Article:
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Mars' dried up lakes and carbon dioxide ice
KEITH COOPER
ASTRONOMY NOW
Posted: September 16, 2009


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Cracks intersecting into a network of polygonal shapes on the floors of large craters and impact basins on Mars are the result of dessication caused by the evaporation of lakes, according to a new analysis presented today at the European Planetary Science Congress (EPSC) in Potsdam, Germany.

A comparison between dessication patterns in dried up lakes on Earth (left) and on Mars (right). Image: Google/NASA/JPL.

The findings are the result of work done by a PhD student, M Ramy El Maary, of the Max Planck Institute for Solar System Research. “I got excited when I saw that the crater floor polygons seemed to be too large to be caused by thermal processes,” he says. El Maary had set up an analytical computer model to test the assumption that the cracks had formed by thermal contractions in the Martian permafrost, and he found this assumption to be false. Thermal contractions should create smaller cracks and polygons no larger than about 65 metres across. The polygons El Maary was seeing in images produced by the Mars Orbiter Camera that had been on NASA’s Mars Global Surveyor craft, and the HiRISE camera onboard the Mars Reconnaissance Orbiter, were on average between 70 and 140 metres wide, with the largest up to 250 metres wide. The cracks themselves are between one and ten metres wide.

El Maary saw similarities in the polygonal pattern with patterns seen in dried-up lakes on Earth. “These are the same type of patterns that you see when mud dries out in your back garden, but the stresses that build up when liquids evaporate can cause deep cracks and polygons on the scale I was seeing in the craters.”

A closer look at the polygons found in Mars' craters. Image: NASA/JPL.

El Maary believes that some of the polygons are relatively young on a geological timescale. The current model of Mars’ climate in the past describes how it was warm and wet until about 3.8 billion years ago, although there is evidence of liquid water existing on the surface far more recently than that (for example, read our story here). El Maary also points out that meteorite impacts on the surface of Mars and the resulting heat could have melted underground ice to fill the crater with water. “Even under current climatic conditions, these [lakes] may take many thousands of years to disappear, finally resulting in dessication patterns,” he says.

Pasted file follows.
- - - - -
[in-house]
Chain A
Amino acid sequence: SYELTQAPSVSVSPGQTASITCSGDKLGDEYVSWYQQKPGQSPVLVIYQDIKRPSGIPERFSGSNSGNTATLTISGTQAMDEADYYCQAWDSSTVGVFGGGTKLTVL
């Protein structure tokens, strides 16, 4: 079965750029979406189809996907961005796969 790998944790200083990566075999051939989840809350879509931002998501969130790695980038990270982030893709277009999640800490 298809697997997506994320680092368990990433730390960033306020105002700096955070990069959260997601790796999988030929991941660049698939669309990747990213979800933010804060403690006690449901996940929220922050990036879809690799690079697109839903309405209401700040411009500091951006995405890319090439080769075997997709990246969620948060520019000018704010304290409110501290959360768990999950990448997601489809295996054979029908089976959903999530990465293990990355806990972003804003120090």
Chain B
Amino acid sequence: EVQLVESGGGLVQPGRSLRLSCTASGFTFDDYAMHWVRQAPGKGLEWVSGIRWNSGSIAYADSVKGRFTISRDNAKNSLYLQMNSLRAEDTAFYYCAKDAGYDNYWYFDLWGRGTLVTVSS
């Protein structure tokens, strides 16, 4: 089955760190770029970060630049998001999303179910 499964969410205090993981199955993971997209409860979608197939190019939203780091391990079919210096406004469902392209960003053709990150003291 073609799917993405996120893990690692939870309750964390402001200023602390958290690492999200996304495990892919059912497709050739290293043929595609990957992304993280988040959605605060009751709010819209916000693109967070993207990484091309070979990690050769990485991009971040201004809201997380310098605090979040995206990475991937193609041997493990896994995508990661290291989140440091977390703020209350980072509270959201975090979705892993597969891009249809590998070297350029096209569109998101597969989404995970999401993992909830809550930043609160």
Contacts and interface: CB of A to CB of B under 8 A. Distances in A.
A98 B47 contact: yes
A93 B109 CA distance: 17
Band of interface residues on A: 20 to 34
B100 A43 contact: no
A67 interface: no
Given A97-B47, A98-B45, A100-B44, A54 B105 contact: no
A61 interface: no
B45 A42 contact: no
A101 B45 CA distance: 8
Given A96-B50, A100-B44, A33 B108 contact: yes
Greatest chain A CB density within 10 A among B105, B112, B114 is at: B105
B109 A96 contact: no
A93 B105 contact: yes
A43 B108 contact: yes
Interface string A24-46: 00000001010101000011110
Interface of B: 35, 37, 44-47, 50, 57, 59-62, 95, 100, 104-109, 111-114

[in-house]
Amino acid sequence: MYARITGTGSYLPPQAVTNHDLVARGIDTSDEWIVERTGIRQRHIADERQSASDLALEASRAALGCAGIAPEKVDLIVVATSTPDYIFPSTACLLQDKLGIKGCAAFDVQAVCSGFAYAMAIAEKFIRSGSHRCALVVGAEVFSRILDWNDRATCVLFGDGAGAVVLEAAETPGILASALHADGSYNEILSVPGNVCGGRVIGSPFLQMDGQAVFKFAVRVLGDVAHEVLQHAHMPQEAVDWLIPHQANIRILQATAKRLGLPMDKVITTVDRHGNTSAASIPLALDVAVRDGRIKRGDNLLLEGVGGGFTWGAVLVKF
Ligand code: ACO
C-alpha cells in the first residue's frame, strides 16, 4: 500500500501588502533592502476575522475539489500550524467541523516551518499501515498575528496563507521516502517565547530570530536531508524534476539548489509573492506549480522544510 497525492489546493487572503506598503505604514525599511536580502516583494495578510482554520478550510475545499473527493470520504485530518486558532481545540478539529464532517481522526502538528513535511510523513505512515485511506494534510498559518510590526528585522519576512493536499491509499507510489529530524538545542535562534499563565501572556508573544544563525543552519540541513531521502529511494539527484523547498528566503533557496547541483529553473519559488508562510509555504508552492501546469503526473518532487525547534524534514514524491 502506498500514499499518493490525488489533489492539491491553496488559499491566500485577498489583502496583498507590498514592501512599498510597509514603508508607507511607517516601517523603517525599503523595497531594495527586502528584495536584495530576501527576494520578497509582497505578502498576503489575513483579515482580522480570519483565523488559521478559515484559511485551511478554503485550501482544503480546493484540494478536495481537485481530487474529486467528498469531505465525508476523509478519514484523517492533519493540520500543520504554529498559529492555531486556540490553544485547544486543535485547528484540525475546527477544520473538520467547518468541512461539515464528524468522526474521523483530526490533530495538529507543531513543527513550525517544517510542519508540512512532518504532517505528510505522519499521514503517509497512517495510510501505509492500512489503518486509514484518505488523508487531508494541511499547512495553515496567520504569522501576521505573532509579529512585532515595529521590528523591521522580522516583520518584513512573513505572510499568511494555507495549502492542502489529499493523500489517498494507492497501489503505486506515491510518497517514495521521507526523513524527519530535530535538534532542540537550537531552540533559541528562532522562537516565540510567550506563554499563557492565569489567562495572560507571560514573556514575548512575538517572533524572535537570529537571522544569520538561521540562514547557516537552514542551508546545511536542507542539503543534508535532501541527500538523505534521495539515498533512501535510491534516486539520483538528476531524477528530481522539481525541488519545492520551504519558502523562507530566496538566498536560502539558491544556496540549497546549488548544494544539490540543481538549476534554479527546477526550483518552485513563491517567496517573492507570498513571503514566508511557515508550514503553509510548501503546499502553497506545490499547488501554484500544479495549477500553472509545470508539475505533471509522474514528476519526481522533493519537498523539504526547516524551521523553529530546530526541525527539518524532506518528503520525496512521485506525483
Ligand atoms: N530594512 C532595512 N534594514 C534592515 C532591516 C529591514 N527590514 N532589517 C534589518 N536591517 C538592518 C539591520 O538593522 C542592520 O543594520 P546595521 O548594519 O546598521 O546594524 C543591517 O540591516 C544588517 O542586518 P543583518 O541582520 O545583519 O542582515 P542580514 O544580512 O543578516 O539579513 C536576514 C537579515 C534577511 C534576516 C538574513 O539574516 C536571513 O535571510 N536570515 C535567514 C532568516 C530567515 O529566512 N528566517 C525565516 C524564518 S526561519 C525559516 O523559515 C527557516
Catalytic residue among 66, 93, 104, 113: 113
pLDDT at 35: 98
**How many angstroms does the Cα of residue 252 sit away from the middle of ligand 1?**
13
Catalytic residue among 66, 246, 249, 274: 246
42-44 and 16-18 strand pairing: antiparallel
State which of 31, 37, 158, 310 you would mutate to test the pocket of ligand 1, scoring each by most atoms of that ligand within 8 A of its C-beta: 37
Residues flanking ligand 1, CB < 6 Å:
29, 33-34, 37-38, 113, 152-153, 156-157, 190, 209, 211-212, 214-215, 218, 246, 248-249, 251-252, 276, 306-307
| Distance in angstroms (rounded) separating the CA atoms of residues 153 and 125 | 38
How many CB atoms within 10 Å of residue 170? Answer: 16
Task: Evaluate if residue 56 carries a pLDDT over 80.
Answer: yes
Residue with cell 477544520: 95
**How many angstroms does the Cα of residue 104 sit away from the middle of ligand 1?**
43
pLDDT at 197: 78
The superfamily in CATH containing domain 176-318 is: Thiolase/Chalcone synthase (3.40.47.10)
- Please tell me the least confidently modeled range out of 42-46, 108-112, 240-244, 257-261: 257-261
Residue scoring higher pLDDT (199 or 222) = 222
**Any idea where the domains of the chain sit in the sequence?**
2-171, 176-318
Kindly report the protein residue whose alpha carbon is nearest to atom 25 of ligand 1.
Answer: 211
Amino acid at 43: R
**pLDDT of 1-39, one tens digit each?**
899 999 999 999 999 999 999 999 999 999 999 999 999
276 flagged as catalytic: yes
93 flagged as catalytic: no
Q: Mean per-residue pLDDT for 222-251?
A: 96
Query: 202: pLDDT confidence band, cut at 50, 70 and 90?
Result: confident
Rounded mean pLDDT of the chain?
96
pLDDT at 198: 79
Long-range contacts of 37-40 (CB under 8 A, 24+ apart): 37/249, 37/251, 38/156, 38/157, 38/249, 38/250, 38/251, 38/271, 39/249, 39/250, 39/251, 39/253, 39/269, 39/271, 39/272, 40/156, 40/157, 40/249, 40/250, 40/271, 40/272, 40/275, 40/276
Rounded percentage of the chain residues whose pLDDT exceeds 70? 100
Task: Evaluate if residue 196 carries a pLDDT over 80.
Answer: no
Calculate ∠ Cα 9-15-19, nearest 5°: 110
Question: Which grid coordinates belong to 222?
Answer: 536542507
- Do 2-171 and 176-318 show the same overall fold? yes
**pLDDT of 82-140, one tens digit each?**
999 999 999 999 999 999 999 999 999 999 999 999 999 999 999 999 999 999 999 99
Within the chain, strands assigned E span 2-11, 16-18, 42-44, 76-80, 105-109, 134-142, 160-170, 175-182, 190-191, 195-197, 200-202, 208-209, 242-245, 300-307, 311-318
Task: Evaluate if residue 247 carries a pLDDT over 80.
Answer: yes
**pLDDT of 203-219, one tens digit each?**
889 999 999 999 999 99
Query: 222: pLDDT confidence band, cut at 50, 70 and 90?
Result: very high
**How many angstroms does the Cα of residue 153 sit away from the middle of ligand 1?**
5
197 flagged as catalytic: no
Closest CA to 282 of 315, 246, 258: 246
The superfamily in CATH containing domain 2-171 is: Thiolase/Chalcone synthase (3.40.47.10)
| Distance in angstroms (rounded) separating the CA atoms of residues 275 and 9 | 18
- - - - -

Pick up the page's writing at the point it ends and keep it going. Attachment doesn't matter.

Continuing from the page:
Meanwhile, in another discovery about climatic conditions on Mars, results from the neutron spectrometer on NASA’s Mars Odyssey spacecraft have mapped the varying concentration of carbon dioxide ice (more commonly known as dry ice) at the red planet’s poles. The research, led by Thomas Prettyman of the Planetary Science Institute in Tucson, Arizona, has been published in the ‘Journal of Geophysical Research’ and has found that about 25 percent of Mars’ atmosphere is recycled through the polar dry ice. Near the north pole, the dry ice is concentrated in a region known as Acidalia, and may be deposited there by cold winds blowing in from a nearby large canyon called Chasma Boreale. Meanwhile, in the southern hemisphere the dry ice is offset from the south pole, indicating variations in surface composition, says Prettyman.

Changing carbon dioxide ice at Mars' north pole, both imaged by Hubble (left) and Mars Odyssey's neutron spectrometer (right). They show the how the ice evaporated as spring approached. Image: NASA/JPL/STScI/Thomas Prettyman.

“The regions outside the residual cap consist of water-ice mixed with rocks and soil that are warmed during summer. This delays the onset of carbon dioxide ice accumulation in the autumn. In addition, heat stored in water-rich regions is gradually released during autumn and winter, further limiting ice accumulation,” he says.

Using the neutron spectrometer, Prettyman and his team were also able to measure the amount of gases such as nitrogen and argon that don’t freeze out in winter, but remain in the atmosphere. “The observed time variation of the concentration of nitrogen and argon provides information on local circulation patterns,” says Prettyman. “This includes the timing and strength of the polar winter vortex – a large scale, cyclonic flow that inhibits the mixing of nitrogen and argon with air from lower latitudes.”

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